SANTA ROSA, Calif. - Sonoma County's public health officer issued an order Monday that prohibits gatherings of more than 50 people indoors or more than 100 people outdoors where social distancing is not feasible.
The order is in effect starting Wednesday at 12:01 a.m. through Feb. 11.
The announcement comes with a voluntary appeal for residents to stay home as much as possible for the next 30 days due to the current surge of the novel coronavirus.
Residents are being asked to limit interactions with those outside of their immediate household during this time period.
"Our case rates are at their highest level since the pandemic began and our hospitalizations are climbing at an alarming rate as well," Dr. Sundari Mase said in a recorded message to Sonoma County residents. "We are seeing widespread transmission occurring within unvaccinated groups as well as some transmission among vaccinated individuals."
This is a bit of a throwback to those early pandemic days when people were being advised to only take necessary trips to the doctor or to the grocery store.
The health order specifies that gatherings of individuals who are at higher risk of severe illness from COVID-19 must be limited to no more than 12 people, except for family gatherings.
Situations exempt from the health order on large gatherings include; schools, outdoor recess, workplace settings, courthouse activities, places of worship, cafeterias, but also shopping malls, stores, restaurants/food facilities and museums.
The focus appears to be private gatherings in uncontrolled settings. The statewide indoor mask mandate in public spaces remains in place until mid-February.
Over the course of the past two weeks, Sonoma County’s case rate has increased from 24.4 per 100,000 to more than 121 new cases per 100,000 per day and is predicted to continue rising during January.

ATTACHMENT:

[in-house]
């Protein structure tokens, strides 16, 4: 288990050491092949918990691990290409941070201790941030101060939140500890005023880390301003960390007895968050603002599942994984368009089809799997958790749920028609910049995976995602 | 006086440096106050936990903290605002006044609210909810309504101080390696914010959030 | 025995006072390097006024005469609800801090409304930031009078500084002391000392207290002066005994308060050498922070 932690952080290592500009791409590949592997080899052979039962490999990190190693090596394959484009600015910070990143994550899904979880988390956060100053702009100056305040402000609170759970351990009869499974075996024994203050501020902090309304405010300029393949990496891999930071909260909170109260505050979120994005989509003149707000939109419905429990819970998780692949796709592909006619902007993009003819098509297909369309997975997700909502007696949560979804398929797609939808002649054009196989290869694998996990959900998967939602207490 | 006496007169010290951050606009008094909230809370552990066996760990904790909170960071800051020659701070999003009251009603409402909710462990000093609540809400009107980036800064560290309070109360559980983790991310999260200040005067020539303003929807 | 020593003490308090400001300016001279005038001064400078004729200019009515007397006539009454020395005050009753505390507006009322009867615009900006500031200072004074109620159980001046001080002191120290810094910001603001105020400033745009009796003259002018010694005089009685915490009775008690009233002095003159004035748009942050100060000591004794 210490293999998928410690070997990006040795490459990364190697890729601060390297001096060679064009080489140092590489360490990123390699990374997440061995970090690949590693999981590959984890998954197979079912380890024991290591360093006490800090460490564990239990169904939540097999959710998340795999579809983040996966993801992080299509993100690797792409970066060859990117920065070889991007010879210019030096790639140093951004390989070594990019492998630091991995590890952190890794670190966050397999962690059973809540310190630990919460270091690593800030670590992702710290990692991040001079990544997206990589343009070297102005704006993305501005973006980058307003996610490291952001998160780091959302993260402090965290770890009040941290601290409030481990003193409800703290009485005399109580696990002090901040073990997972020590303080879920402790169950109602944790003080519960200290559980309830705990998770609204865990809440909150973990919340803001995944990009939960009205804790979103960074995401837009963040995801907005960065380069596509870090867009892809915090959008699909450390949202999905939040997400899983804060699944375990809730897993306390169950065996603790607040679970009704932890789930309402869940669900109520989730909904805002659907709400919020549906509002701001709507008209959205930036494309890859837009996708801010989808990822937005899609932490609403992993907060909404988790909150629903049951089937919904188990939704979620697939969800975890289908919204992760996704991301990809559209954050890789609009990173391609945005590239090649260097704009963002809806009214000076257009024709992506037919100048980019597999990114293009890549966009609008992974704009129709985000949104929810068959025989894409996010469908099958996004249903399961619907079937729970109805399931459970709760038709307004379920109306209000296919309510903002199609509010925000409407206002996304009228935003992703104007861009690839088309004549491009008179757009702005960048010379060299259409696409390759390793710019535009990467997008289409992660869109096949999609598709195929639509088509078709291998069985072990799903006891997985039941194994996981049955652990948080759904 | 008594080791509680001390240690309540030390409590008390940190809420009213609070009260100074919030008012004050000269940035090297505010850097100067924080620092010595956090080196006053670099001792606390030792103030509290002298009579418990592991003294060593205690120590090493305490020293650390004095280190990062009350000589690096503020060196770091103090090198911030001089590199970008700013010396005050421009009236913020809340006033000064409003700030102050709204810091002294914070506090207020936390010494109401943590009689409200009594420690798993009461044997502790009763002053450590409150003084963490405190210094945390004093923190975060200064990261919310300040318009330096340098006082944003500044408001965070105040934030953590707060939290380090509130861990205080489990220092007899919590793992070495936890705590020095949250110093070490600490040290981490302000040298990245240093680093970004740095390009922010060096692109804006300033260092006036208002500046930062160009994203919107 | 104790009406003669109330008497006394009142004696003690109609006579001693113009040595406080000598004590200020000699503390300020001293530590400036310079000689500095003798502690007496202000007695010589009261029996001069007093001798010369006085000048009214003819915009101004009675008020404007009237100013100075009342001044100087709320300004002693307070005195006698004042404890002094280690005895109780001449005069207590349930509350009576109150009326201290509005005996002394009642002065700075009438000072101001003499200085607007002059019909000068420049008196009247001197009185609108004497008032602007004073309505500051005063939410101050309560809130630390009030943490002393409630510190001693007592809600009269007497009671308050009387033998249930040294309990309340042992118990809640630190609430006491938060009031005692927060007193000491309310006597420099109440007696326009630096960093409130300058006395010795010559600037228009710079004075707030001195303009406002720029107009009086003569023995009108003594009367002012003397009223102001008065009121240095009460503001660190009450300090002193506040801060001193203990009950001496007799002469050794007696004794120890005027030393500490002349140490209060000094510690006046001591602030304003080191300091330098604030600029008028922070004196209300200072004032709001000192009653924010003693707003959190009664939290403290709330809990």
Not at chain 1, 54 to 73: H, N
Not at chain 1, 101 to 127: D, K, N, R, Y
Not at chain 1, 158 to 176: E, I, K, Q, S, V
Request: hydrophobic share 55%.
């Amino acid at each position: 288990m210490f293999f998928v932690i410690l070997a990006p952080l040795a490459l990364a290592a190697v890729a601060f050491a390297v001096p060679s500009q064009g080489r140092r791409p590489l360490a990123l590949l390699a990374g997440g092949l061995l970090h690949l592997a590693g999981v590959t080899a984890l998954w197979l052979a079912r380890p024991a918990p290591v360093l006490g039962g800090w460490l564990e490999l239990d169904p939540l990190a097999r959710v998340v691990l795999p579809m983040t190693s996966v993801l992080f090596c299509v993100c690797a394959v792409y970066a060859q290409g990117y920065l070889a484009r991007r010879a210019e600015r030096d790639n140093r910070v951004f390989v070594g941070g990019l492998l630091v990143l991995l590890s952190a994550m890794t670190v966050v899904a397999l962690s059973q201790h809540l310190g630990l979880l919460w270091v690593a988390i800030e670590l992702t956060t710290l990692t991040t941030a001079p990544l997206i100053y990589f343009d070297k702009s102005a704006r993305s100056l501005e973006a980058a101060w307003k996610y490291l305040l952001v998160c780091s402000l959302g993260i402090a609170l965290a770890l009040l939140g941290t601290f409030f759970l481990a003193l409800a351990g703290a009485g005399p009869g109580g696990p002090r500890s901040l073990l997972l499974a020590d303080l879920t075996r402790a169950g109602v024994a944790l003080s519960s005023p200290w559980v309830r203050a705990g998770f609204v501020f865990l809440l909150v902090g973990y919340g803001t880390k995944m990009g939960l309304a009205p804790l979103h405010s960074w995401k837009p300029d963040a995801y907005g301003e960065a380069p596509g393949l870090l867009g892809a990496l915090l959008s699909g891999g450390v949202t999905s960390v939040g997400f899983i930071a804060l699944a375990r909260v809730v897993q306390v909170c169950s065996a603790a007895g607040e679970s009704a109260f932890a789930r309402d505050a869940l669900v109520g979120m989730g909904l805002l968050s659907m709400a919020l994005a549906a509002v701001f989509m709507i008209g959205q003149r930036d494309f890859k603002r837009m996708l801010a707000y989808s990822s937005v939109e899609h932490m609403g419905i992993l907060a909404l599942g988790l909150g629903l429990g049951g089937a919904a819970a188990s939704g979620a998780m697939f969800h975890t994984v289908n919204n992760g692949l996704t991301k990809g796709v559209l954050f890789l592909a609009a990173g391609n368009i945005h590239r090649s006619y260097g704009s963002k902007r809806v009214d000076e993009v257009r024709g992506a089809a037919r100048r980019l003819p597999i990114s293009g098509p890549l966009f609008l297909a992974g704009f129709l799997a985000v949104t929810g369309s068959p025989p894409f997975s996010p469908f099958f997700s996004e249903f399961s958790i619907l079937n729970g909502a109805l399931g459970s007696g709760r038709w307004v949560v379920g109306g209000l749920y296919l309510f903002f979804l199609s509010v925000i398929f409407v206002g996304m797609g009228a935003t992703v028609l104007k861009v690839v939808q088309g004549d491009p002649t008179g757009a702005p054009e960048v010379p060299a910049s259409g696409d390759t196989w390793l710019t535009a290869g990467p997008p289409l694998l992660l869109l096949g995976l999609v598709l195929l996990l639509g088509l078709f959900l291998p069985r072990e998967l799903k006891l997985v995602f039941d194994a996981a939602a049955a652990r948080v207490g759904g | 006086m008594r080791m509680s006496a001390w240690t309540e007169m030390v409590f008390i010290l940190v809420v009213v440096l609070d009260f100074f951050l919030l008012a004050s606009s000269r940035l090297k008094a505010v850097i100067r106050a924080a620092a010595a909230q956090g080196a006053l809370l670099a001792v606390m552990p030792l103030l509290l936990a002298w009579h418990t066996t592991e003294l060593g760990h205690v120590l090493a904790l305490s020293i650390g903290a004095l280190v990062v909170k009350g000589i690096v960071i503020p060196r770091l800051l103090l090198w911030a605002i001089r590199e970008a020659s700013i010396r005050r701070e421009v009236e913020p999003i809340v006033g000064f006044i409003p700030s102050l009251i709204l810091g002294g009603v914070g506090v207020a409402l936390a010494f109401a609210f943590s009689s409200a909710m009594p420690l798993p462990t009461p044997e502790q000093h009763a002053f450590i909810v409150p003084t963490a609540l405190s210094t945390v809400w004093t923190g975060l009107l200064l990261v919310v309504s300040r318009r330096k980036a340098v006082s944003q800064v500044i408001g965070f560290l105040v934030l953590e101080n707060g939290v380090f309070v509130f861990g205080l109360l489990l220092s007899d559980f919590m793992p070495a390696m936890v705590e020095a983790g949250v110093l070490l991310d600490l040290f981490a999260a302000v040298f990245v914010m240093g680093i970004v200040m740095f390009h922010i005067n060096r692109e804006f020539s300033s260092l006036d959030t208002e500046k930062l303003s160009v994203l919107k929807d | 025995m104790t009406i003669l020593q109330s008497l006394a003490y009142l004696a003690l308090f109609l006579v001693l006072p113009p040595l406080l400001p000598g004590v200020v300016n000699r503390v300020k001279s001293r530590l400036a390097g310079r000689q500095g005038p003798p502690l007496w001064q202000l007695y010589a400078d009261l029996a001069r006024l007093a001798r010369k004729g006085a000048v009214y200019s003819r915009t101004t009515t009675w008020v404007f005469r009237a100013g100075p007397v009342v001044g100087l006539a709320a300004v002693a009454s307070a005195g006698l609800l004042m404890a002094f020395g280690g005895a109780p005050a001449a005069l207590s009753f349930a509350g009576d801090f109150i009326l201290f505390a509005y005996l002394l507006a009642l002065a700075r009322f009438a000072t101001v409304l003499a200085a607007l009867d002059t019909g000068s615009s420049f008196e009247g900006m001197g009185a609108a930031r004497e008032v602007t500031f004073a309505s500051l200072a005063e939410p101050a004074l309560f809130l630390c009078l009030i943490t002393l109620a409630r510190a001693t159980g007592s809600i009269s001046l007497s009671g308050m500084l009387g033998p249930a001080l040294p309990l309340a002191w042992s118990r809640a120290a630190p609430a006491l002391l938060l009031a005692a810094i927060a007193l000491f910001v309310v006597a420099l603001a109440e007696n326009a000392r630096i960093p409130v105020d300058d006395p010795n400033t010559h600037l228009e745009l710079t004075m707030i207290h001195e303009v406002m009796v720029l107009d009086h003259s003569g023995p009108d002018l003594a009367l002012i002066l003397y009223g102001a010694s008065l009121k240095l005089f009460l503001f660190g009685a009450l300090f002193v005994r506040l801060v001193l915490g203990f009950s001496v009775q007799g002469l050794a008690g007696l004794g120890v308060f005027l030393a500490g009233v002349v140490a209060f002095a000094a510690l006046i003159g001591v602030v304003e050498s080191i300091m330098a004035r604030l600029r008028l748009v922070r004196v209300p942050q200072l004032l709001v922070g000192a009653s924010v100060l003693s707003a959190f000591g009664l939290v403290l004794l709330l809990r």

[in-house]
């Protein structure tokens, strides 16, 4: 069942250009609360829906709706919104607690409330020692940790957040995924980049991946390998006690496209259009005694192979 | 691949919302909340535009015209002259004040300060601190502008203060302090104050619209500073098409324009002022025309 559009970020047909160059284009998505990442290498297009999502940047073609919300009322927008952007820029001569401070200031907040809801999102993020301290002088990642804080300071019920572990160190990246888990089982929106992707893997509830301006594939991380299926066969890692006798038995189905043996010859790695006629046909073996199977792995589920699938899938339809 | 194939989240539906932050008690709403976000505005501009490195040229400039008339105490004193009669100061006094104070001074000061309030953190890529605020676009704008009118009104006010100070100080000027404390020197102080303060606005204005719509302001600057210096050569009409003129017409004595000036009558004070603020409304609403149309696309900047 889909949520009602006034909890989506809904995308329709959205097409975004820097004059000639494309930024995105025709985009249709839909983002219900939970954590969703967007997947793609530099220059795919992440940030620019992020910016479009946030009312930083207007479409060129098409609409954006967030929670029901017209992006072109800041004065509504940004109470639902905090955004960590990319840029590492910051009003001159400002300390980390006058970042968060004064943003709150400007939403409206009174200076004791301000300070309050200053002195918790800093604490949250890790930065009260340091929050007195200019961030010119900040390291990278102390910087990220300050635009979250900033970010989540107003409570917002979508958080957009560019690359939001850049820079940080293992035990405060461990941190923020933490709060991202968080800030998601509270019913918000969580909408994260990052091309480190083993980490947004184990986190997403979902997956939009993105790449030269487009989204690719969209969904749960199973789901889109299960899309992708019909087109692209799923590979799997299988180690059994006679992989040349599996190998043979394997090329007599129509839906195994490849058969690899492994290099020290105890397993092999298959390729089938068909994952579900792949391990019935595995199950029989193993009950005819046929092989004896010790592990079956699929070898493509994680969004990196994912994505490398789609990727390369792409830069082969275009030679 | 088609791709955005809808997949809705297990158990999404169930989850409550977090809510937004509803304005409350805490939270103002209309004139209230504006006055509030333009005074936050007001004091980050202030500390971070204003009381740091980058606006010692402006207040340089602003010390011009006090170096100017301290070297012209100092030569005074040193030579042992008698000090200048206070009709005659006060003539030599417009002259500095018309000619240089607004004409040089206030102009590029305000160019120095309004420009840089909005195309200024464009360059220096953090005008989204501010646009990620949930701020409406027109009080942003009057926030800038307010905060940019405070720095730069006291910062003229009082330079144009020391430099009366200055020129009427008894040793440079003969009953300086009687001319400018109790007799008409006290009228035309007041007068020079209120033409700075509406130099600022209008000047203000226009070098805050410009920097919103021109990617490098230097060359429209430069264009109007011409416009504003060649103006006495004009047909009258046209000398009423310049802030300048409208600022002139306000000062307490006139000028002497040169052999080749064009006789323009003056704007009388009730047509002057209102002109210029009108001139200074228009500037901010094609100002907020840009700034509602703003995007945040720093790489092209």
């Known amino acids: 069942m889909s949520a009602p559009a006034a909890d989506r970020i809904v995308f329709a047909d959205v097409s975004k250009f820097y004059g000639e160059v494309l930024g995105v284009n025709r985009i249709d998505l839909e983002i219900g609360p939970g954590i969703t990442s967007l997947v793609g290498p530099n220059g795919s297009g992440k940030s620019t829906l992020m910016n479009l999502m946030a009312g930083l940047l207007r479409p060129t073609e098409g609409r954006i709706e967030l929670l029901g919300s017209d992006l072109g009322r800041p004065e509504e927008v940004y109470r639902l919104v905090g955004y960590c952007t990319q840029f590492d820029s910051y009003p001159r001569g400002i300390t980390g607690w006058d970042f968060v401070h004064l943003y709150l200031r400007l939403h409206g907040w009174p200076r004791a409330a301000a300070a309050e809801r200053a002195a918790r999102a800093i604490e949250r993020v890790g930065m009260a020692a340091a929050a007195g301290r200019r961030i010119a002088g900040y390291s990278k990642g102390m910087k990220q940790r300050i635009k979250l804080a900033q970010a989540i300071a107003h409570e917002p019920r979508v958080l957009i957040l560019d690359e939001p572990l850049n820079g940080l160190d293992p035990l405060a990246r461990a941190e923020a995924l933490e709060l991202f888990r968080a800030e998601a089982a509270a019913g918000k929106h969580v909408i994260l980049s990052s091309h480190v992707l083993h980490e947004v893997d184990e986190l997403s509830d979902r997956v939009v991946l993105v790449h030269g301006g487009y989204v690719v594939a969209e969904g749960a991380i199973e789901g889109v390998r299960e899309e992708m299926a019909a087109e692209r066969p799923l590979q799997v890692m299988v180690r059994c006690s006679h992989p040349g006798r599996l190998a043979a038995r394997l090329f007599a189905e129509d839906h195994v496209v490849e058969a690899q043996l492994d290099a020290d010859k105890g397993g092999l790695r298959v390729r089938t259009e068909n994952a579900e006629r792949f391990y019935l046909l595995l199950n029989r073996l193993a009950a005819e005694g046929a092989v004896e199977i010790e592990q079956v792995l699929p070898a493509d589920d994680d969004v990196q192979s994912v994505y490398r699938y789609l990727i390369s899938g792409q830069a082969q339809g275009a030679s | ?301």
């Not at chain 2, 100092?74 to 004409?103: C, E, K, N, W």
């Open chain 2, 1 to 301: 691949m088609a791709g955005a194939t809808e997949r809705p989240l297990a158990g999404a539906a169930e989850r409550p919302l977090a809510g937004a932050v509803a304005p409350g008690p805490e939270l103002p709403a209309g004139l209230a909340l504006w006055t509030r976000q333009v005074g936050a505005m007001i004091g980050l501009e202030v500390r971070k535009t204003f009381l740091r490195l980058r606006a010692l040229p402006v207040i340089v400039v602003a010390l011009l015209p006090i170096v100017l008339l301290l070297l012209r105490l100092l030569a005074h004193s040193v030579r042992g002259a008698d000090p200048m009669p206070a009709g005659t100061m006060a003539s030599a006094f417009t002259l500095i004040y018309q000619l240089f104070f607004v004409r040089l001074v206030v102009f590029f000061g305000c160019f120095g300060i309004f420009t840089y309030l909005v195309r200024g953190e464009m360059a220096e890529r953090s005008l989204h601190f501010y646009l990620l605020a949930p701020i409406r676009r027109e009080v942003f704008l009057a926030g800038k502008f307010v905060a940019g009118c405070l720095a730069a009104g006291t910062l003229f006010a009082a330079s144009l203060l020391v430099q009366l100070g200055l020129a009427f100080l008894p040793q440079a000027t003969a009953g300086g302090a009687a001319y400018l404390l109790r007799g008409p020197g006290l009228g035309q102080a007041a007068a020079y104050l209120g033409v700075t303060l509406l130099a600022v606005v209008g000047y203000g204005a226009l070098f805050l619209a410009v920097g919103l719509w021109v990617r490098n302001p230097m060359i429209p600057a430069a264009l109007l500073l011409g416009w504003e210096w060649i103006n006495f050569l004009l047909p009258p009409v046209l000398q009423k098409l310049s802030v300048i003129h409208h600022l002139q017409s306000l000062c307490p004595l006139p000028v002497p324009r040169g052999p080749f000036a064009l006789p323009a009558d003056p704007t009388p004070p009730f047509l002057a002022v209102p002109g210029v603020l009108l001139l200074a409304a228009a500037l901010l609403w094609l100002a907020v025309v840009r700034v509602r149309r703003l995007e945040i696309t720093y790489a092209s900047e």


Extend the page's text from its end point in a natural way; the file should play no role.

The county’s testing positivity rate reached an all-time high of 16.5% this week as compared to the previous high of 9.7% during this pandemic, health officials said.
Public health officials illustrate that while omicron cases have led to a lower percentage of hospitalizations, the sheer volume of cases anticipated can still overwhelm hospital systems.
"We know what we need to do to prevent our hospitals from being overwhelmed," Mase said. "The next 30 days will be key to helping us stop this rapid spread of this highly contagious variant in our community. We need to get vaccinated and boosted, wear high-quality masks, avoid large gatherings and stay home as much as possible."
Mase said unvaccinated people are 18 times more likely to be hospitalized from contracting the virus than those who are vaccinated.
"Those traditional cloth masks that many of us have been wearing are just not as effective in stopping the spread of this form of the virus," said Mase. "We recommend that everyone upgrade to a surgical mask or something equivalent."
Details of the health order are here.